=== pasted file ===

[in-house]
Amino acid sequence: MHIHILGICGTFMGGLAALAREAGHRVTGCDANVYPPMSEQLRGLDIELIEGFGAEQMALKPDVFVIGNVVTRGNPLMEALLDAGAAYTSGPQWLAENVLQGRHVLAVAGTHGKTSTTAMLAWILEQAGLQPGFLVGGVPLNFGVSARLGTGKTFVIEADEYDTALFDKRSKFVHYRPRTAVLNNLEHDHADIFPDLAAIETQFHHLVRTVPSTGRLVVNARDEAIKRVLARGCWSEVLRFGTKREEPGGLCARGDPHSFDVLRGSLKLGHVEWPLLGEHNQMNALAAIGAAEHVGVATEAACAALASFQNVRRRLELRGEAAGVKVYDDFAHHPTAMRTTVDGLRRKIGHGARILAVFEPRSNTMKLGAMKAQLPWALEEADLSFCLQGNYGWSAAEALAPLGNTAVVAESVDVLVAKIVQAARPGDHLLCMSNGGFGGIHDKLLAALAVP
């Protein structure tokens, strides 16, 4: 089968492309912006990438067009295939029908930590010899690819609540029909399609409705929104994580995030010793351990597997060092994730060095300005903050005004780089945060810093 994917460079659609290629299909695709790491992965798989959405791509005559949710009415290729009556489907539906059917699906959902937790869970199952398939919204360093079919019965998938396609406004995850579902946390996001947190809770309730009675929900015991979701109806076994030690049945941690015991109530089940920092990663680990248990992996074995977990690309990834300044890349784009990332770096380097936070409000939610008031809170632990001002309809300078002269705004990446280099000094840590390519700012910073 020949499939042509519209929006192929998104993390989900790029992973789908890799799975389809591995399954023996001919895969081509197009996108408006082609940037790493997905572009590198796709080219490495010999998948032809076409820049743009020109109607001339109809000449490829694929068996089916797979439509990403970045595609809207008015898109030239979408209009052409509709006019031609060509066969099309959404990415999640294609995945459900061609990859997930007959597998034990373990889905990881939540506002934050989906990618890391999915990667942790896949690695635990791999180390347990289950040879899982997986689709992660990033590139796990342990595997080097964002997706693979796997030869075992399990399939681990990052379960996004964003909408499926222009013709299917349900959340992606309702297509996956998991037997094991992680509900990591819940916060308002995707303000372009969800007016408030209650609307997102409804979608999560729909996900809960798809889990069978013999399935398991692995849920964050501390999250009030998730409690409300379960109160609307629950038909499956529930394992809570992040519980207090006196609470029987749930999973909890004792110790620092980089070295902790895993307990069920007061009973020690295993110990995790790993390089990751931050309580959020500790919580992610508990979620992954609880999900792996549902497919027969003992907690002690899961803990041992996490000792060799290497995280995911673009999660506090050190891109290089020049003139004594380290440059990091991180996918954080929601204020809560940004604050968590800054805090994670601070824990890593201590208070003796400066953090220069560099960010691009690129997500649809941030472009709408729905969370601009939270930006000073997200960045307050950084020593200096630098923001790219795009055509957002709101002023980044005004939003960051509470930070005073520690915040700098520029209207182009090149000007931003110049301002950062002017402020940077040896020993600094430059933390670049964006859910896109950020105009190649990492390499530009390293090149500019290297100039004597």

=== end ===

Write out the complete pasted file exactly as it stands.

[in-house]
Amino acid sequence: MHIHILGICGTFMGGLAALAREAGHRVTGCDANVYPPMSEQLRGLDIELIEGFGAEQMALKPDVFVIGNVVTRGNPLMEALLDAGAAYTSGPQWLAENVLQGRHVLAVAGTHGKTSTTAMLAWILEQAGLQPGFLVGGVPLNFGVSARLGTGKTFVIEADEYDTALFDKRSKFVHYRPRTAVLNNLEHDHADIFPDLAAIETQFHHLVRTVPSTGRLVVNARDEAIKRVLARGCWSEVLRFGTKREEPGGLCARGDPHSFDVLRGSLKLGHVEWPLLGEHNQMNALAAIGAAEHVGVATEAACAALASFQNVRRRLELRGEAAGVKVYDDFAHHPTAMRTTVDGLRRKIGHGARILAVFEPRSNTMKLGAMKAQLPWALEEADLSFCLQGNYGWSAAEALAPLGNTAVVAESVDVLVAKIVQAARPGDHLLCMSNGGFGGIHDKLLAALAVP
């Protein structure tokens, strides 16, 4: 089968492309912006990438067009295939029908930590010899690819609540029909399609409705929104994580995030010793351990597997060092994730060095300005903050005004780089945060810093 994917460079659609290629299909695709790491992965798989959405791509005559949710009415290729009556489907539906059917699906959902937790869970199952398939919204360093079919019965998938396609406004995850579902946390996001947190809770309730009675929900015991979701109806076994030690049945941690015991109530089940920092990663680990248990992996074995977990690309990834300044890349784009990332770096380097936070409000939610008031809170632990001002309809300078002269705004990446280099000094840590390519700012910073 020949499939042509519209929006192929998104993390989900790029992973789908890799799975389809591995399954023996001919895969081509197009996108408006082609940037790493997905572009590198796709080219490495010999998948032809076409820049743009020109109607001339109809000449490829694929068996089916797979439509990403970045595609809207008015898109030239979408209009052409509709006019031609060509066969099309959404990415999640294609995945459900061609990859997930007959597998034990373990889905990881939540506002934050989906990618890391999915990667942790896949690695635990791999180390347990289950040879899982997986689709992660990033590139796990342990595997080097964002997706693979796997030869075992399990399939681990990052379960996004964003909408499926222009013709299917349900959340992606309702297509996956998991037997094991992680509900990591819940916060308002995707303000372009969800007016408030209650609307997102409804979608999560729909996900809960798809889990069978013999399935398991692995849920964050501390999250009030998730409690409300379960109160609307629950038909499956529930394992809570992040519980207090006196609470029987749930999973909890004792110790620092980089070295902790895993307990069920007061009973020690295993110990995790790993390089990751931050309580959020500790919580992610508990979620992954609880999900792996549902497919027969003992907690002690899961803990041992996490000792060799290497995280995911673009999660506090050190891109290089020049003139004594380290440059990091991180996918954080929601204020809560940004604050968590800054805090994670601070824990890593201590208070003796400066953090220069560099960010691009690129997500649809941030472009709408729905969370601009939270930006000073997200960045307050950084020593200096630098923001790219795009055509957002709101002023980044005004939003960051509470930070005073520690915040700098520029209207182009090149000007931003110049301002950062002017402020940077040896020993600094430059933390670049964006859910896109950020105009190649990492390499530009390293090149500019290297100039004597």